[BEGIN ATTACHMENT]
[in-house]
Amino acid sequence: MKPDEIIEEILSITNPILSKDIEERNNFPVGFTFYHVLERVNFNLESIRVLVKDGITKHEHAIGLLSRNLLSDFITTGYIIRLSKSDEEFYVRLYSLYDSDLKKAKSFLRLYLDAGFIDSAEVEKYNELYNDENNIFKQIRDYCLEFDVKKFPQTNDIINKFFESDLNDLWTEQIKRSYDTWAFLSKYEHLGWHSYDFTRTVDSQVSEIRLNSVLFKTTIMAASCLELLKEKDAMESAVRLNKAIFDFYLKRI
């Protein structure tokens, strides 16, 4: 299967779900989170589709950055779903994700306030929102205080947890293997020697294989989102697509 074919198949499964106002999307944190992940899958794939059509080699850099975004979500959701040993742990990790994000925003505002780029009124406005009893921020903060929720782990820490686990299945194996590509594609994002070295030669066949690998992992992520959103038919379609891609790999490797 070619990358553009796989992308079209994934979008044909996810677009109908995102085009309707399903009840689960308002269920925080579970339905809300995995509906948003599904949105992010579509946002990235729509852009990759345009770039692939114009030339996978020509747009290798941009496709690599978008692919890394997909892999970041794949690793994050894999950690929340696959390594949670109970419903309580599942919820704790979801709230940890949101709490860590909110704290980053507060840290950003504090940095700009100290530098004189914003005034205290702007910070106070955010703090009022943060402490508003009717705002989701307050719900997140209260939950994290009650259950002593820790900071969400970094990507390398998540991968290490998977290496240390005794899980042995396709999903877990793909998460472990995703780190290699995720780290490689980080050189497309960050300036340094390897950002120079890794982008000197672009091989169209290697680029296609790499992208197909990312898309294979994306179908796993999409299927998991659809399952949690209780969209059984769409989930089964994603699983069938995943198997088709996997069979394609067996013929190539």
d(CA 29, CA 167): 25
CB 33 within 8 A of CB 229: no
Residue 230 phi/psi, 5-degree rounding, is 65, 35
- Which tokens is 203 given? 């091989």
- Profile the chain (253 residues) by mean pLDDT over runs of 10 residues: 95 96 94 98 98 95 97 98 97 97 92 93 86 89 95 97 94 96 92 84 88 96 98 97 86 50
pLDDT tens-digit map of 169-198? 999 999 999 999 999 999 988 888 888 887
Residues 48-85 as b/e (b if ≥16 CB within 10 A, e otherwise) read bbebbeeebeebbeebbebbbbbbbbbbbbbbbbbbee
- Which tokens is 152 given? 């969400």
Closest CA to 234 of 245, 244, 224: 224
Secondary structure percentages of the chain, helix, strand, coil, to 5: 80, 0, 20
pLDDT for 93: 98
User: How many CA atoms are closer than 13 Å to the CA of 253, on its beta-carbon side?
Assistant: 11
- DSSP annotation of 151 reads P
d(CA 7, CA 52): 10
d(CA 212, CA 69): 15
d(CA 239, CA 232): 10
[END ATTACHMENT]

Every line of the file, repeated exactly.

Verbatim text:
[in-house]
Amino acid sequence: MKPDEIIEEILSITNPILSKDIEERNNFPVGFTFYHVLERVNFNLESIRVLVKDGITKHEHAIGLLSRNLLSDFITTGYIIRLSKSDEEFYVRLYSLYDSDLKKAKSFLRLYLDAGFIDSAEVEKYNELYNDENNIFKQIRDYCLEFDVKKFPQTNDIINKFFESDLNDLWTEQIKRSYDTWAFLSKYEHLGWHSYDFTRTVDSQVSEIRLNSVLFKTTIMAASCLELLKEKDAMESAVRLNKAIFDFYLKRI
């Protein structure tokens, strides 16, 4: 299967779900989170589709950055779903994700306030929102205080947890293997020697294989989102697509 074919198949499964106002999307944190992940899958794939059509080699850099975004979500959701040993742990990790994000925003505002780029009124406005009893921020903060929720782990820490686990299945194996590509594609994002070295030669066949690998992992992520959103038919379609891609790999490797 070619990358553009796989992308079209994934979008044909996810677009109908995102085009309707399903009840689960308002269920925080579970339905809300995995509906948003599904949105992010579509946002990235729509852009990759345009770039692939114009030339996978020509747009290798941009496709690599978008692919890394997909892999970041794949690793994050894999950690929340696959390594949670109970419903309580599942919820704790979801709230940890949101709490860590909110704290980053507060840290950003504090940095700009100290530098004189914003005034205290702007910070106070955010703090009022943060402490508003009717705002989701307050719900997140209260939950994290009650259950002593820790900071969400970094990507390398998540991968290490998977290496240390005794899980042995396709999903877990793909998460472990995703780190290699995720780290490689980080050189497309960050300036340094390897950002120079890794982008000197672009091989169209290697680029296609790499992208197909990312898309294979994306179908796993999409299927998991659809399952949690209780969209059984769409989930089964994603699983069938995943198997088709996997069979394609067996013929190539």
d(CA 29, CA 167): 25
CB 33 within 8 A of CB 229: no
Residue 230 phi/psi, 5-degree rounding, is 65, 35
- Which tokens is 203 given? 């091989």
- Profile the chain (253 residues) by mean pLDDT over runs of 10 residues: 95 96 94 98 98 95 97 98 97 97 92 93 86 89 95 97 94 96 92 84 88 96 98 97 86 50
pLDDT tens-digit map of 169-198? 999 999 999 999 999 999 988 888 888 887
Residues 48-85 as b/e (b if ≥16 CB within 10 A, e otherwise) read bbebbeeebeebbeebbebbbbbbbbbbbbbbbbbbee
- Which tokens is 152 given? 């969400």
Closest CA to 234 of 245, 244, 224: 224
Secondary structure percentages of the chain, helix, strand, coil, to 5: 80, 0, 20
pLDDT for 93: 98
User: How many CA atoms are closer than 13 Å to the CA of 253, on its beta-carbon side?
Assistant: 11
- DSSP annotation of 151 reads P
d(CA 7, CA 52): 10
d(CA 212, CA 69): 15
d(CA 239, CA 232): 10